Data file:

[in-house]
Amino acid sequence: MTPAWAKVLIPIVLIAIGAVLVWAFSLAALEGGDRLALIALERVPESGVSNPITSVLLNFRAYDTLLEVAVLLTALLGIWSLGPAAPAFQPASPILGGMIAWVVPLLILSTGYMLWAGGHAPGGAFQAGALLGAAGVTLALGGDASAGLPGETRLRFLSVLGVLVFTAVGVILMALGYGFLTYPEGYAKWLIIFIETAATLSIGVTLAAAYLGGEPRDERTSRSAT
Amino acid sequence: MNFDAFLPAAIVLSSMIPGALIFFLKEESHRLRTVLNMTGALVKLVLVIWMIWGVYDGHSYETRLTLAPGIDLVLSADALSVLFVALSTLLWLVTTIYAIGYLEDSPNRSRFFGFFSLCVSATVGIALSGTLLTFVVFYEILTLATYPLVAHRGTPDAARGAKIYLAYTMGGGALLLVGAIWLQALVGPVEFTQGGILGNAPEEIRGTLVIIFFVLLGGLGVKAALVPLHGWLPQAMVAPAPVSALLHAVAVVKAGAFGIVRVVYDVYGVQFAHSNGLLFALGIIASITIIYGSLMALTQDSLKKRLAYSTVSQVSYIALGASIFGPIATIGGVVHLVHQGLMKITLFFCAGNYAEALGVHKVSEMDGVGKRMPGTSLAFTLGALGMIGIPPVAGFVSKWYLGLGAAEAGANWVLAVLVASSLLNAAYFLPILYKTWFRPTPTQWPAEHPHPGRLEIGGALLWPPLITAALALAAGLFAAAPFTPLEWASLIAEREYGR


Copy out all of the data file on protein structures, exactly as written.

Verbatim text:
[in-house]
Amino acid sequence: MTPAWAKVLIPIVLIAIGAVLVWAFSLAALEGGDRLALIALERVPESGVSNPITSVLLNFRAYDTLLEVAVLLTALLGIWSLGPAAPAFQPASPILGGMIAWVVPLLILSTGYMLWAGGHAPGGAFQAGALLGAAGVTLALGGDASAGLPGETRLRFLSVLGVLVFTAVGVILMALGYGFLTYPEGYAKWLIIFIETAATLSIGVTLAAAYLGGEPRDERTSRSAT
Amino acid sequence: MNFDAFLPAAIVLSSMIPGALIFFLKEESHRLRTVLNMTGALVKLVLVIWMIWGVYDGHSYETRLTLAPGIDLVLSADALSVLFVALSTLLWLVTTIYAIGYLEDSPNRSRFFGFFSLCVSATVGIALSGTLLTFVVFYEILTLATYPLVAHRGTPDAARGAKIYLAYTMGGGALLLVGAIWLQALVGPVEFTQGGILGNAPEEIRGTLVIIFFVLLGGLGVKAALVPLHGWLPQAMVAPAPVSALLHAVAVVKAGAFGIVRVVYDVYGVQFAHSNGLLFALGIIASITIIYGSLMALTQDSLKKRLAYSTVSQVSYIALGASIFGPIATIGGVVHLVHQGLMKITLFFCAGNYAEALGVHKVSEMDGVGKRMPGTSLAFTLGALGMIGIPPVAGFVSKWYLGLGAAEAGANWVLAVLVASSLLNAAYFLPILYKTWFRPTPTQWPAEHPHPGRLEIGGALLWPPLITAALALAAGLFAAAPFTPLEWASLIAEREYGR